In the past, SEOs saw first-hand how expired domains benefited sites in terms of ranking. Not only were they beneficial for search engine optimisation, but Google’s toolbar also showed how much PageRank they offered. And expired domains were not the only ones containing holdover PageRank; even links to broken domains might also provide PageRank.
The method involved using a crawler to visit a well-known website and examine the inbound links that gave back a 404 Page Not Found error. Those 404s were links redirecting to non-existent sites and pages.
SEOs used to buy such domains, which were often misspellings, and then redirected them to affiliate sites. The PageRank would flow in a few weeks, and the affiliate site would begin to climb in rankings. This technique was a part of the practice of recycling PageRank to boost site rankings without building links. In short, they were link building shortcuts.
How Google Deals with Expired Domains
Google discovered about the practice and, in 2003, altered their link-related algorithms to reset the PageRank of expired domains. That may come as a surprise to newcomers to SEO who believe in expired domains. However, it’s true that since 2003, Google’s algorithm has reset the PageRank and the link influence of expired domains.
This matter was also announced by a Google engineer who used the WebmasterWorld nickname GoogleGuy. Usually, Matt Cutts used the alias, but other search engineers also used the nickname to make announcements on behalf of Google.
In a WebmasterWorld post, Google announced the launch of the index and added that they focused more on algorithms that deal with spam issues. They also noted that the algorithm system would deal with expired domains much better. Domain authority will be reset when the domain expires, even if some links redirecting to the expired domain are still available on the Internet.
Expired domains could still rank, but not due to pre-existing links. Moreover, expired domains would still carry pre-existing penalties, so SEOs should always do their due diligence and conduct an SEO analysis before buying a domain.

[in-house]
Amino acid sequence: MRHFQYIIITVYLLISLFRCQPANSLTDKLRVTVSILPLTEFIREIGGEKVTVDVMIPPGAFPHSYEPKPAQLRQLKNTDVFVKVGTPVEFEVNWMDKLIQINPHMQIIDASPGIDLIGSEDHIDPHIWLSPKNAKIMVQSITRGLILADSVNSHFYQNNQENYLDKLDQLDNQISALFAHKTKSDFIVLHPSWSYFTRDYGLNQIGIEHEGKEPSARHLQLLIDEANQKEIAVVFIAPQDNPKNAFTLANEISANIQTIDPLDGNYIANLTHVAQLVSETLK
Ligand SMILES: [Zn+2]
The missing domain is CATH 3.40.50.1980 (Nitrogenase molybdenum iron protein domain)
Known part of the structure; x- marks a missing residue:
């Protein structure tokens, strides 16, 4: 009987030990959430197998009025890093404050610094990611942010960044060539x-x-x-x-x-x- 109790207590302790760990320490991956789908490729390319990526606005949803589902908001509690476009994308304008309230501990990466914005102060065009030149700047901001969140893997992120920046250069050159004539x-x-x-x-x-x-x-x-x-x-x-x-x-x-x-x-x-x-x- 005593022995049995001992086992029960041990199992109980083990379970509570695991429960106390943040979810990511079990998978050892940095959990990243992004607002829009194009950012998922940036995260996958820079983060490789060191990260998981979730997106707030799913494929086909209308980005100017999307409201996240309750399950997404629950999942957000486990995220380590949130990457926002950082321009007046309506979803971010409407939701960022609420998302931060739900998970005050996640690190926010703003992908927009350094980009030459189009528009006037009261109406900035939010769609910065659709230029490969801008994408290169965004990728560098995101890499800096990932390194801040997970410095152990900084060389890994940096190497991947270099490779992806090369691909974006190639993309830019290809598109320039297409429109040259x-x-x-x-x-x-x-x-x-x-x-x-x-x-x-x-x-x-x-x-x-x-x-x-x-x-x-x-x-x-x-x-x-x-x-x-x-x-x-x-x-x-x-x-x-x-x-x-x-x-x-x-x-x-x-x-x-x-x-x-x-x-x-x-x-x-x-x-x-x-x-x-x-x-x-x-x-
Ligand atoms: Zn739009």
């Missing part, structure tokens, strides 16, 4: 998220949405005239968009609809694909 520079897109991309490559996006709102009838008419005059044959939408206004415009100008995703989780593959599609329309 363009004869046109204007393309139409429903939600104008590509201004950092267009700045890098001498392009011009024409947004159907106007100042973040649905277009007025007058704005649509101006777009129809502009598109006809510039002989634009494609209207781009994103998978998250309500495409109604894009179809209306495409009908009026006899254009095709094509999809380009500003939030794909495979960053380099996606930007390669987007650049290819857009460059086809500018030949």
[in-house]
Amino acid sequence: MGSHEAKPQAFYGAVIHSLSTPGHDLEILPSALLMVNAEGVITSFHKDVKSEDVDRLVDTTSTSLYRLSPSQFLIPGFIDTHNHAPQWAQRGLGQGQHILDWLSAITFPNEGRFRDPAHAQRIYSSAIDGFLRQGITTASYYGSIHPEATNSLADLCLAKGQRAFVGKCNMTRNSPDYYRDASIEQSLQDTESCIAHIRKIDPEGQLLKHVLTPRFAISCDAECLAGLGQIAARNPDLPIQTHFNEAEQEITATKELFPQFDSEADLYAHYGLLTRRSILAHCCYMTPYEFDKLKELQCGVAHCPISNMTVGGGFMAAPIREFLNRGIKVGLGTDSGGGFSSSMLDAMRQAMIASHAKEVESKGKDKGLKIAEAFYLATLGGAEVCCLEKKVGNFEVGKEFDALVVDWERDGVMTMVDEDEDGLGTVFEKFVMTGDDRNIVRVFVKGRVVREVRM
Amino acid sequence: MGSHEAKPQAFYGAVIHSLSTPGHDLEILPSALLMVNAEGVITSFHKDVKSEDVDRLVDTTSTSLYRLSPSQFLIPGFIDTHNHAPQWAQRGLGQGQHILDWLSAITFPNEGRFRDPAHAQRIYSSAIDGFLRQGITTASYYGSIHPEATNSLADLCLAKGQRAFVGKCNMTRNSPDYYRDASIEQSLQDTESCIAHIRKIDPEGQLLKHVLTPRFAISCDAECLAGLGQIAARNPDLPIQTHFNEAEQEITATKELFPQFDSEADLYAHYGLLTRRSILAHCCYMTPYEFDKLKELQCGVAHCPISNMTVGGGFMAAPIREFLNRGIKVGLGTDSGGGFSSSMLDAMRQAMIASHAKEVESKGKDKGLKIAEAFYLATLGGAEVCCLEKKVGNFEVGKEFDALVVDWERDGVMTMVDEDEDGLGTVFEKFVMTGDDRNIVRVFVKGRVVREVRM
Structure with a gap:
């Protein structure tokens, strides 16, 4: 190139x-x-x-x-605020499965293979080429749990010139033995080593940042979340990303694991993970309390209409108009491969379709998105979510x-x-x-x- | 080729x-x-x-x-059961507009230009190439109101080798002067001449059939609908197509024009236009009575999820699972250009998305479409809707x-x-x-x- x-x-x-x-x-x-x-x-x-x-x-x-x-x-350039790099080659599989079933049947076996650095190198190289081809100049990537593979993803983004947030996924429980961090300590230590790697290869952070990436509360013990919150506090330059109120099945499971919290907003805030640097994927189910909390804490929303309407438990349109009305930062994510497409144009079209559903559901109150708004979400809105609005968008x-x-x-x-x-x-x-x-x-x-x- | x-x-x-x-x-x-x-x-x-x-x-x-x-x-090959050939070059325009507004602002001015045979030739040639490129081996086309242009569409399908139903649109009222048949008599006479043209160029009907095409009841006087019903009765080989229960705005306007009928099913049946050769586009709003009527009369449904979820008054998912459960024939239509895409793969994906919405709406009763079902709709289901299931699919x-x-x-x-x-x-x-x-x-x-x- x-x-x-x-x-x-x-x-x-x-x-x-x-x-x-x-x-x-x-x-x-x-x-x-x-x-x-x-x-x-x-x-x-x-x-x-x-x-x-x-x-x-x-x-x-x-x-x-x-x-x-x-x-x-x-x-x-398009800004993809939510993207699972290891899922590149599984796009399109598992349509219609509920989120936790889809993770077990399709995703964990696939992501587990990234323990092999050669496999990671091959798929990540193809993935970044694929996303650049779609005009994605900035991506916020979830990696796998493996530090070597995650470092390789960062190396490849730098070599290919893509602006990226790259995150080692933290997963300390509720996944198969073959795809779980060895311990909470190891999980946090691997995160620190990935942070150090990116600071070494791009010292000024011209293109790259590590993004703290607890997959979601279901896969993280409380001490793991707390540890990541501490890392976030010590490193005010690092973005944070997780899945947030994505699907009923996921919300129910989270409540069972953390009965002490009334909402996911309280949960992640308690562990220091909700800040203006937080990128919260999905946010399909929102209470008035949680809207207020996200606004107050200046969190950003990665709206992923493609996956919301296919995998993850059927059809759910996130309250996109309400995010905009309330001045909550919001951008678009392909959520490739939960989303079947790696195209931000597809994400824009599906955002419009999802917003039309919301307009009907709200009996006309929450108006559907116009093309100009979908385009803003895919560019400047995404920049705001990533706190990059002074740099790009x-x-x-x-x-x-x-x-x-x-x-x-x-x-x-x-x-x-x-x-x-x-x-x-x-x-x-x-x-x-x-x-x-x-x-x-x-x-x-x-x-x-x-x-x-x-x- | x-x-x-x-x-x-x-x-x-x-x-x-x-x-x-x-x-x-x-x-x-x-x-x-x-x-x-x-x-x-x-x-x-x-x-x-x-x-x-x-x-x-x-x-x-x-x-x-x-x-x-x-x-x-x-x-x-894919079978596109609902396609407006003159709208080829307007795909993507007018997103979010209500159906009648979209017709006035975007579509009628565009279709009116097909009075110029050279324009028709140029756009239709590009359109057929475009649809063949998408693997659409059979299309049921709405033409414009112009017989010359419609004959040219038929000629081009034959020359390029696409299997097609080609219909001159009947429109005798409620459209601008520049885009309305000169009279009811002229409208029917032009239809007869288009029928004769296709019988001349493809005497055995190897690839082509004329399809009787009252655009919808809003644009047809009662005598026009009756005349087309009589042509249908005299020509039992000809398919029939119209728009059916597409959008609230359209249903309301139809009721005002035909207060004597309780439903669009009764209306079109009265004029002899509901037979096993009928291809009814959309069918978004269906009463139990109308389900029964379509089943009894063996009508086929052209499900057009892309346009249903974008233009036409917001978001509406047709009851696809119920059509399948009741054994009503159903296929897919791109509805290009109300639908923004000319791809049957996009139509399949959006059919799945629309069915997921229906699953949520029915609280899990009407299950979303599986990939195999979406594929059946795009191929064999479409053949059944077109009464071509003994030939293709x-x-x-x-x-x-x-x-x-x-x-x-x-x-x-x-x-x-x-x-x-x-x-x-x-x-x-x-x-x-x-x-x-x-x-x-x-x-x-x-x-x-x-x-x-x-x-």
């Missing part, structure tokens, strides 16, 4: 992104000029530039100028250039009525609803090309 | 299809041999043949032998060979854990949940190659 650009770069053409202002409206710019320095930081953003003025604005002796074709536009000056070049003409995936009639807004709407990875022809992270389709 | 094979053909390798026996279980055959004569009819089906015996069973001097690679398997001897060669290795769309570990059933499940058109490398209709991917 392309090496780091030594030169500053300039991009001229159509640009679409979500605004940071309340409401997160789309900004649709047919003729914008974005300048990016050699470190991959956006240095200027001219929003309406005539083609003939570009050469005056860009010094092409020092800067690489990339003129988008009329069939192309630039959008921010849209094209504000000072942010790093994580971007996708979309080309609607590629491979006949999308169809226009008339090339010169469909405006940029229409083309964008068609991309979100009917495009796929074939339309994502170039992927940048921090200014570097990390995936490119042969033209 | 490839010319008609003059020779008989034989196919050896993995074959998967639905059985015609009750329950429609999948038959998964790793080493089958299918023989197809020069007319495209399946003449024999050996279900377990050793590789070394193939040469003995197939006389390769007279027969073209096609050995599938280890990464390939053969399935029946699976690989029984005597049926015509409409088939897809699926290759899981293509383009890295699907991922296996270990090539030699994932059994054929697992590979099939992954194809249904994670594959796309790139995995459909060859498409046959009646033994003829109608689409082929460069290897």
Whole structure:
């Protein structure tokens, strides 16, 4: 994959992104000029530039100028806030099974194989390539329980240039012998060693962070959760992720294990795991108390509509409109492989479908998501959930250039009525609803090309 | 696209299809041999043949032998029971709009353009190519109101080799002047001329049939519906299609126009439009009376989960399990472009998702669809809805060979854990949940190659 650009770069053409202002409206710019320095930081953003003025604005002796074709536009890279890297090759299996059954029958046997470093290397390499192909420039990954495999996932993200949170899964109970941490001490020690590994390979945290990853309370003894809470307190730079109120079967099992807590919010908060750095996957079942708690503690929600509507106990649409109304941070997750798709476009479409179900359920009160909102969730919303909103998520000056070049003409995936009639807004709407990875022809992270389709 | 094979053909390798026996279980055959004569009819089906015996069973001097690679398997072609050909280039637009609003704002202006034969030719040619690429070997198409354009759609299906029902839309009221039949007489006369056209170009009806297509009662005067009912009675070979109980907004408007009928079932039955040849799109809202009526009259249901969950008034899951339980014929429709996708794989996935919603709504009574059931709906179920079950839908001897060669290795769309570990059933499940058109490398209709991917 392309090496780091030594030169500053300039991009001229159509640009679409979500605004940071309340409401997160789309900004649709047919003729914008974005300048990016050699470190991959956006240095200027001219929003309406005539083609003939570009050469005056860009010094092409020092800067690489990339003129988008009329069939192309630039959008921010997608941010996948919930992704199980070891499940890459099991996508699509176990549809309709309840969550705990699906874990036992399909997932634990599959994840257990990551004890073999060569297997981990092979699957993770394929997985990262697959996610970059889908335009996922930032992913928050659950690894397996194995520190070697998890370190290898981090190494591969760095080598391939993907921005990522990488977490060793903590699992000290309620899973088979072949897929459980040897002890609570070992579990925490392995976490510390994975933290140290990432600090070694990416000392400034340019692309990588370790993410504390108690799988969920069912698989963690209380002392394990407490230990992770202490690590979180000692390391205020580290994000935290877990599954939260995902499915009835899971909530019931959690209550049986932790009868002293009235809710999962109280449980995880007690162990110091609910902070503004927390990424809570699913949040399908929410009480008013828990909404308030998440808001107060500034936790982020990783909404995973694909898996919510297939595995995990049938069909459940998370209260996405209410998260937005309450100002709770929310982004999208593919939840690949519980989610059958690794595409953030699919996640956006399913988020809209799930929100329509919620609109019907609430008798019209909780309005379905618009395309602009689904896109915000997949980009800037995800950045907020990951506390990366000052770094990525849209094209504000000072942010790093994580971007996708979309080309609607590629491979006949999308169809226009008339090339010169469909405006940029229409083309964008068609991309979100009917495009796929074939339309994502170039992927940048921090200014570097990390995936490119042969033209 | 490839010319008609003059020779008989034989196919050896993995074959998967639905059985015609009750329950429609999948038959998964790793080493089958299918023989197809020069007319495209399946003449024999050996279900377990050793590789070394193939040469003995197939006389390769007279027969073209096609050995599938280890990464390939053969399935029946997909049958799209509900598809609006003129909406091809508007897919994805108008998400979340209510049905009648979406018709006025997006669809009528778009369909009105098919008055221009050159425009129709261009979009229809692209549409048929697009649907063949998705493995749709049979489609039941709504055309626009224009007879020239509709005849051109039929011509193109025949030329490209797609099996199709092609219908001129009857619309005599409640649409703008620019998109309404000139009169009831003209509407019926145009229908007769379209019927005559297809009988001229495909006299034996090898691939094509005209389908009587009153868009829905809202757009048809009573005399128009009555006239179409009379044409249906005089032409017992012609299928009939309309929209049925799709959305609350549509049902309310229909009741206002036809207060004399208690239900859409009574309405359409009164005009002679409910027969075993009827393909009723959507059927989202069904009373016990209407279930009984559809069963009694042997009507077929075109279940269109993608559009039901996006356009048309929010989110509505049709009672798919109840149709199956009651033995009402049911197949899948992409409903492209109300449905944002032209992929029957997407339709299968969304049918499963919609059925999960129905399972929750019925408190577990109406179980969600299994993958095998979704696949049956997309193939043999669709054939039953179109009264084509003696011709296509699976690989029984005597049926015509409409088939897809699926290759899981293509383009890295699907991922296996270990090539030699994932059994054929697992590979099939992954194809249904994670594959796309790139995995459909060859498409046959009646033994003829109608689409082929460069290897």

Aside from expired domains, PageRank resets were applied to misspelt domains as well. Afterwards, there was a decline in the selling of expired domains, and people in the SEO community stopped purchasing them.
Why Are People Buying Expired Domains Again?
Around ten years later, a new generation of SEOs emerged and rediscovered expired domains without realising how Google had previously worked to ensure they were no longer active. As a result, the expired domain practices began again.
Anecdotal evidence can be used to defend almost any SEO strategy. There are even vocal supporters for ineffectual tactics such as comment spam. So, it’s no surprise that expired domain practices would resurface again.
Adversarial Information Retrieval is Google’s way of designing search systems that are resistant to manipulation. Here are some of what Google’s search systems can do:
- Limit how much PageRank transfers from one website to another based on the relevance of the link
- Stop PageRank from flowing from links in the footer or sidebar
- Stop PageRank from flowing from one website to another because the links are not relevant
Choose the Best Domain for Your Business